The Tahrir Complex, a renowned government building in Cairo, is set to embark on a new chapter in its rich history. Recently, the Supreme Council for Planning and Urban Development granted approval to the Sovereign Fund of Egypt (TSFE) for the conversion of the complex into a hotel.
Originally established in 1951 during King Farouk’s reign, the Tahrir Complex has stood as a symbol of historic Cairo. Spanning an impressive 28,000 square meters and boasting 14 floors with over 1,300 rooms, the complex’s distinctive ship-like structure has been an iconic feature of the cityscape.
From Military Barracks to Administrative Hub
The complex’s inception traces back to the departure of British forces from Egypt. King Farouk made the decision to demolish the English military barracks occupying what is now Tahrir Square. In 1948, the Egyptian architect Mohamed Kamal Ismail embarked on the construction of the al-Galaa Complex, later known as the Tahrir Complex. The project cost LE 350,000 at the time. The aim was to alleviate the financial burden and streamline bureaucratic processes by consolidating offices in a single location.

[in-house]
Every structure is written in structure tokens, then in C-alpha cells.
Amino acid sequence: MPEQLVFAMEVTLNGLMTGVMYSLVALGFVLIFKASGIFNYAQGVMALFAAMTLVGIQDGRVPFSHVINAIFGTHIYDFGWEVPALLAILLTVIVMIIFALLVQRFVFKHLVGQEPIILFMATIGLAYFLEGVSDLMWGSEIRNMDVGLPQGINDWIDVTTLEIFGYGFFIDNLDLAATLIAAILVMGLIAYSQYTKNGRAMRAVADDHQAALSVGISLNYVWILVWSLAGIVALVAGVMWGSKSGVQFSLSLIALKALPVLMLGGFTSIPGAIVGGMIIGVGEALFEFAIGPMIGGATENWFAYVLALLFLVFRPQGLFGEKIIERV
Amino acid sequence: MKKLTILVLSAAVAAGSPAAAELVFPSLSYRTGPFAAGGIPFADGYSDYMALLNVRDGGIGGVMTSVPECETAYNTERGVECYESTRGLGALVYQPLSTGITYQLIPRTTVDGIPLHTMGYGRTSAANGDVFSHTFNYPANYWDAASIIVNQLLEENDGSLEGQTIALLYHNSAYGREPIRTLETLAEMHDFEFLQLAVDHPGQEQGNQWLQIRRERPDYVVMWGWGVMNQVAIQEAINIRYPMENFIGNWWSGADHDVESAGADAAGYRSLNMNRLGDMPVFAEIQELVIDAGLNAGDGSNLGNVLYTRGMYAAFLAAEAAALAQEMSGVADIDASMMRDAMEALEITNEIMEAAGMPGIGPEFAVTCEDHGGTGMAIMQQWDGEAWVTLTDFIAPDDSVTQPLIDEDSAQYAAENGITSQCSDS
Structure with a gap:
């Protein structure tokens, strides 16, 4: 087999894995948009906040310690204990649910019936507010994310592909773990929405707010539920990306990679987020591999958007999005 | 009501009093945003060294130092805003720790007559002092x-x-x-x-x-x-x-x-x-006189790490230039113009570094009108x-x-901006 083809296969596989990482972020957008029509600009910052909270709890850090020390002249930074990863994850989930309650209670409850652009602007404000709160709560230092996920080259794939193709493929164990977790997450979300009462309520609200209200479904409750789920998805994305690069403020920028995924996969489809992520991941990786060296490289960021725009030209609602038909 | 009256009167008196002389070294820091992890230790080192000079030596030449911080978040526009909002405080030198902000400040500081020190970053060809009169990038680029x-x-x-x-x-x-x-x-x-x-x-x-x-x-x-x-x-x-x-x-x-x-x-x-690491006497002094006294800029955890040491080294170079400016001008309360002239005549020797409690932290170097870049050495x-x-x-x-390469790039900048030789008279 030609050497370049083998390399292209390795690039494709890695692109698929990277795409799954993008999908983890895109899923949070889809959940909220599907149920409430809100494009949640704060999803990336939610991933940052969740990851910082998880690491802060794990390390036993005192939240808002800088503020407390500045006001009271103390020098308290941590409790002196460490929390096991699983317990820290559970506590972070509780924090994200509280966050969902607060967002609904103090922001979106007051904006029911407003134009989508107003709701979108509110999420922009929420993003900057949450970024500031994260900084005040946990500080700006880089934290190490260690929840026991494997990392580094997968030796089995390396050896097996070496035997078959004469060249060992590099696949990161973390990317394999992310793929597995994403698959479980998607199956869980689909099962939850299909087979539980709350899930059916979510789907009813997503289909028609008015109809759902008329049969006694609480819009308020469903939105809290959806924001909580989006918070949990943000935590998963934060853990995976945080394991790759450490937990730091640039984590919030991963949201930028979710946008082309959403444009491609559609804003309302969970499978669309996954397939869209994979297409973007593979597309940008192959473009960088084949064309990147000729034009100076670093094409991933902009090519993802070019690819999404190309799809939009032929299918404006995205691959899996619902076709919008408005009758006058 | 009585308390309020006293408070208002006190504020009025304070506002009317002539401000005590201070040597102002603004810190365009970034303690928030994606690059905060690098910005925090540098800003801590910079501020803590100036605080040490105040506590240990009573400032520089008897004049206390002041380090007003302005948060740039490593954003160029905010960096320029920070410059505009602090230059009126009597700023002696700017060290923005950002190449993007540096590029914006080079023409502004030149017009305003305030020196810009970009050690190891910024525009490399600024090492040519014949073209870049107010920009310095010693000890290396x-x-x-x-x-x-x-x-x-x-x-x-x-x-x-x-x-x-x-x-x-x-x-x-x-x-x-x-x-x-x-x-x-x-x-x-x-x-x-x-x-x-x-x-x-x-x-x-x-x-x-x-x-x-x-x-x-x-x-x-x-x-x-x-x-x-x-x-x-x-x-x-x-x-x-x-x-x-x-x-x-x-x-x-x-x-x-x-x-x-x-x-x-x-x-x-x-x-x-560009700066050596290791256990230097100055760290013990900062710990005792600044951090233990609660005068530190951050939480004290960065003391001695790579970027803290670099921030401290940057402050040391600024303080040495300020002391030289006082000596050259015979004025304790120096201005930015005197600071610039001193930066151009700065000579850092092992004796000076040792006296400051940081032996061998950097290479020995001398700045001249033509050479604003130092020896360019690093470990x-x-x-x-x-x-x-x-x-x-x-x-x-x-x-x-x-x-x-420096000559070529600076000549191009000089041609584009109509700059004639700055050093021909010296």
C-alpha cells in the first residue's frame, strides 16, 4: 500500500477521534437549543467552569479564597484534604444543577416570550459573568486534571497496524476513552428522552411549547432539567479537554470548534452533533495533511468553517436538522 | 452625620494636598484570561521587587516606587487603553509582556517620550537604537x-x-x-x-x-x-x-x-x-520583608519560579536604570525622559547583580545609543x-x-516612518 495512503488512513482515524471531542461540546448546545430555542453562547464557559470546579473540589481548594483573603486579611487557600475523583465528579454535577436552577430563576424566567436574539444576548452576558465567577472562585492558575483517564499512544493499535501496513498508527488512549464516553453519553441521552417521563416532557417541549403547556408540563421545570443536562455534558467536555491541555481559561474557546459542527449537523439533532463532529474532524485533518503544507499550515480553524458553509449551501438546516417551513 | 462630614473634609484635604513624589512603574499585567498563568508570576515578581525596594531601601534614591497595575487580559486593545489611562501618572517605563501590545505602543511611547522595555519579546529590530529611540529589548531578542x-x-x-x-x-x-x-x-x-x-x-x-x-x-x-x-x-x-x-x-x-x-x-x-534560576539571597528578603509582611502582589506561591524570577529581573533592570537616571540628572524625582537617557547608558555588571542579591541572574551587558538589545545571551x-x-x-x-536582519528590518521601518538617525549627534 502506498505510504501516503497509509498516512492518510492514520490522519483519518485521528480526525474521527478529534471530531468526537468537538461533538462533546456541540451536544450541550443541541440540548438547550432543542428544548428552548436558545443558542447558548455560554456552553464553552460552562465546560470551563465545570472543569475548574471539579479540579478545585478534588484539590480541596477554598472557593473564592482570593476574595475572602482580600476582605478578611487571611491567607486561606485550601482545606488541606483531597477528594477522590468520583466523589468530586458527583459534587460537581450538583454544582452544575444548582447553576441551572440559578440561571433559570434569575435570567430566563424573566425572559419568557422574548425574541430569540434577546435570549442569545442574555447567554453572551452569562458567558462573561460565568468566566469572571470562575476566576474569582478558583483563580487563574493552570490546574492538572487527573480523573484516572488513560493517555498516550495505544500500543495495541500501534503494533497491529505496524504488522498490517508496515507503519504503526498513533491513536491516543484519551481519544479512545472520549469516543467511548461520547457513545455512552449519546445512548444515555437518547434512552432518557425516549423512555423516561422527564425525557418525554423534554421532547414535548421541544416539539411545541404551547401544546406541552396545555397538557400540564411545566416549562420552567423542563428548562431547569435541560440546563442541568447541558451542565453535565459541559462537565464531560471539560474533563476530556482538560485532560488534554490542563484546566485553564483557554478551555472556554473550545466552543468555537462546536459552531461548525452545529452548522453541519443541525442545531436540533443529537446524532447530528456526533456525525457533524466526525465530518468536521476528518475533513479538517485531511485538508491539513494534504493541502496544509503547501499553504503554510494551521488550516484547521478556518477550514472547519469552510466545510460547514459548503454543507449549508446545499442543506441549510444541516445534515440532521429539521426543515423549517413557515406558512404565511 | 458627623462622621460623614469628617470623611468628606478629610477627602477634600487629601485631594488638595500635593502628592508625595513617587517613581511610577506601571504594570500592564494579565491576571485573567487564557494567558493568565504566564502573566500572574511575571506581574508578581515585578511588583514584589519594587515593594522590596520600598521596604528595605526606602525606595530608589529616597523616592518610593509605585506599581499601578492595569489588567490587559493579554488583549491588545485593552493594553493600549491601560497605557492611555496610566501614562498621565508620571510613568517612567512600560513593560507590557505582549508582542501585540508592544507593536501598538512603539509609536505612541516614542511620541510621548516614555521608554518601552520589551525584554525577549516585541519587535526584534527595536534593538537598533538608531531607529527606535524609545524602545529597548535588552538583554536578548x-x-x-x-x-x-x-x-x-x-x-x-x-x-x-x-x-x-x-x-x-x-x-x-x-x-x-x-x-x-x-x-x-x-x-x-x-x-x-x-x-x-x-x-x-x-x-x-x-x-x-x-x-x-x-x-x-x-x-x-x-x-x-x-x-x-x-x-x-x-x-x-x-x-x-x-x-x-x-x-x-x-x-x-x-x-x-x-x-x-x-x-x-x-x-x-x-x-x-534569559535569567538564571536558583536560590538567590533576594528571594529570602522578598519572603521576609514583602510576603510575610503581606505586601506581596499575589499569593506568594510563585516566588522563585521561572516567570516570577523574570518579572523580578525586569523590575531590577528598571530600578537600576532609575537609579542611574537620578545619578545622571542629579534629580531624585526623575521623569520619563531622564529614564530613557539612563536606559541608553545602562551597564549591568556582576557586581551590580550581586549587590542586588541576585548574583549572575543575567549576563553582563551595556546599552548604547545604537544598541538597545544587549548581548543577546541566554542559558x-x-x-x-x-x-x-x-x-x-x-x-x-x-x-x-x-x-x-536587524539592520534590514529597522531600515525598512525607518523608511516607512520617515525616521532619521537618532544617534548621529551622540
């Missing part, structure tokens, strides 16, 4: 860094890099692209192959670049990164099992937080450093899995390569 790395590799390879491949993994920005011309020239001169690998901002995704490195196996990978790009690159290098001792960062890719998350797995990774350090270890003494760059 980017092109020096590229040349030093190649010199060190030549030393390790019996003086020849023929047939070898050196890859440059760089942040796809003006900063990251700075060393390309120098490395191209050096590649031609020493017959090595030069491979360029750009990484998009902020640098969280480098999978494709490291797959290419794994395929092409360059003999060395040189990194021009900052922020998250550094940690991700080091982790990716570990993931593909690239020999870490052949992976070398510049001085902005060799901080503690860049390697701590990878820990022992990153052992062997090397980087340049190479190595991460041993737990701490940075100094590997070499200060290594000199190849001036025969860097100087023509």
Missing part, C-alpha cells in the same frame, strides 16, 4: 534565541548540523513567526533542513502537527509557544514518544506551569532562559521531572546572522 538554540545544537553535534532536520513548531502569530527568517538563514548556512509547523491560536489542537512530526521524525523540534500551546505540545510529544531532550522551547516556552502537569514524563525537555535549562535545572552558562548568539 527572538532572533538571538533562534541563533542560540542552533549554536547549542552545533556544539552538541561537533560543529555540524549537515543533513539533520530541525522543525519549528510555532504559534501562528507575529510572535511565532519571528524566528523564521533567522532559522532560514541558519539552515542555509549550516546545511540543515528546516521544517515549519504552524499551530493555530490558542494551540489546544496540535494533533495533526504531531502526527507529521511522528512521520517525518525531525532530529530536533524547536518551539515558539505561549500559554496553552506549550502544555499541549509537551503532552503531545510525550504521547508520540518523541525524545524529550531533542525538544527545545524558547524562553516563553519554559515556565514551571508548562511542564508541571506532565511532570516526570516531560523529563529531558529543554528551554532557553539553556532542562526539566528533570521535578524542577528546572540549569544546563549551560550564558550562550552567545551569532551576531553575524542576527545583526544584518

The Cairo Governorate made an announcement in January 2021 about relocating employees from the Tahrir Complex to other sites. This decision affected 27 government agencies and ministries previously housed within the complex.
In November 2020, President Abdel Fattah al-Sisi and the government reviewed the proposed development plan for the Tahrir Complex put forth by the Sovereign Fund of Egypt. International offers were received to transform the complex into a world-class investment building, marking a significant step toward its revitalization.
By repurposing the Tahrir Complex into a hotel, Egypt embraces the opportunity to reimagine a historic landmark while fostering economic growth and attracting international visitors.